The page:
Michigan's offense isn't good this season. The Wolverines have averaged just 336.3 yards per game in Big Ten play -- and that's with a 751-yard outing against Indiana figured in.
Take out that game against one of the worst defenses in the nation, and Michigan is averaging just 267.2 yards per game in league action. No wonder offensive coordinator Al Borges is taking heat, which he says doesn't bother him.
"I've done this a long time," he said Tuesday during his weekly news conference. "I promise you, other places I've been, my first name's been a cuss word. This isn't the first place where it's been like that."
Perhaps the lone bright spot among Michigan's skill-position players has been senior wide receiver Jeremy Gallon, who went into the season as a question mark but leaves it as a resounding exclamation point.
Gallon was considered an iffy pro prospect before the season. He lacks size (he's listed at 5-foot-8, 184 pounds) and hadn't been all that productive (84 receptions and eight TDs in his first three seasons). But he has 71 receptions for 1,109 yards and eight TDs. He is second in the league in receptions and receiving yards and tied for third in TD catches. Gallon is the only Michigan wide receiver with more than 12 receptions, meaning he is the focal point of every opponents' secondary.
All that production has resulted in an invitation to play in the East-West Shrine Game, which is televised by NFL Network.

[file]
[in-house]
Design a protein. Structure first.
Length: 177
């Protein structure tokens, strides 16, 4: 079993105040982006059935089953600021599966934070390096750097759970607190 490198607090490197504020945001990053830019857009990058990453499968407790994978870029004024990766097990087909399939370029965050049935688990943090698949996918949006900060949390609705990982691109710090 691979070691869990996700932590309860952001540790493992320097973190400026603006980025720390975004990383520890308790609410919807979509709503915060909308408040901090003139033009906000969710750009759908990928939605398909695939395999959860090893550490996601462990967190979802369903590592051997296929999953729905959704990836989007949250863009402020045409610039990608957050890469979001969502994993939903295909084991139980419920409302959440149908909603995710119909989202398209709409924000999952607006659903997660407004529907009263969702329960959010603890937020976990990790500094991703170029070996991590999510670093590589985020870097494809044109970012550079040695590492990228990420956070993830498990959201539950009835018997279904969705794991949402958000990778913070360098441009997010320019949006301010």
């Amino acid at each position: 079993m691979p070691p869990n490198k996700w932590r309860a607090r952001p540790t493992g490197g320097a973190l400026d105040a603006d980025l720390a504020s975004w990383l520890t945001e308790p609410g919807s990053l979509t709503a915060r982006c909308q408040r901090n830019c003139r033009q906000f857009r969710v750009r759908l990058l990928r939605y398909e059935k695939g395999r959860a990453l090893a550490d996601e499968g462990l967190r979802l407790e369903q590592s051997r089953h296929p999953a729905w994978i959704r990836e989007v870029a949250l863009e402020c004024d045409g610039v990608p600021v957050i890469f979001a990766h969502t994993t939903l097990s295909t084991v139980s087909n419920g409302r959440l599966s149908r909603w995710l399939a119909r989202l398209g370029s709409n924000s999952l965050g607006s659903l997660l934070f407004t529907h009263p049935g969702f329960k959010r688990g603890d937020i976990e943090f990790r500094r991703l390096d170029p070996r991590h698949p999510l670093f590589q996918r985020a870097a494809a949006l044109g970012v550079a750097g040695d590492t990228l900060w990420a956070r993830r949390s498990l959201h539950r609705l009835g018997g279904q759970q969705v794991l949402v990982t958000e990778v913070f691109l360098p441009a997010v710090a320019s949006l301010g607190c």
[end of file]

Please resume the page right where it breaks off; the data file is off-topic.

He is most comfortable in the slot -- not surprising when you consider he was recruited to Michigan by spread-offense proponent Rich Rodriguez and played in a single wing offense at powerhouse Apopka (Fla.) High. But he has showed this season that he can be effective as an outside receiver, too.
Gallon is Michigan's first 1,000-yard receiver since Mario Manningham in 2007 (1,174 yards) and just the 13th in school history. He also has caught a pass in 37 consecutive games, one shy of the school record owned by Braylon Edwards.
His 71 receptions are tied for eighth-most in a season in school history, and he has a chance Saturday against archrival Ohio State to pass Anthony Carter and move into fourth place on the school's career receptions list. Carter had 161 catches; Gallon is six behind.
Gallon likely will spend much of the day Saturday going up against Ohio State junior cornerback Bradley Roby, who already has announced he is going pro. Roby has struggled in coverage this season, and assuming Michigan quarterback Devin Gardner gets time to throw -- never a safe assumption because of the mess that is Michigan's offensive line -- Gallon could do some damage.
While he is not in NFL Media senior draft analyst Gil Brandt's list of the nation's top 100 seniors, Brandt nevertheless likes Gallon. "He's a matchup nightmare for bigger, slower defensive backs," Brandt said. "I see him as a third-day draft pick in May, but he has a chance to play better than his draft position in the NFL."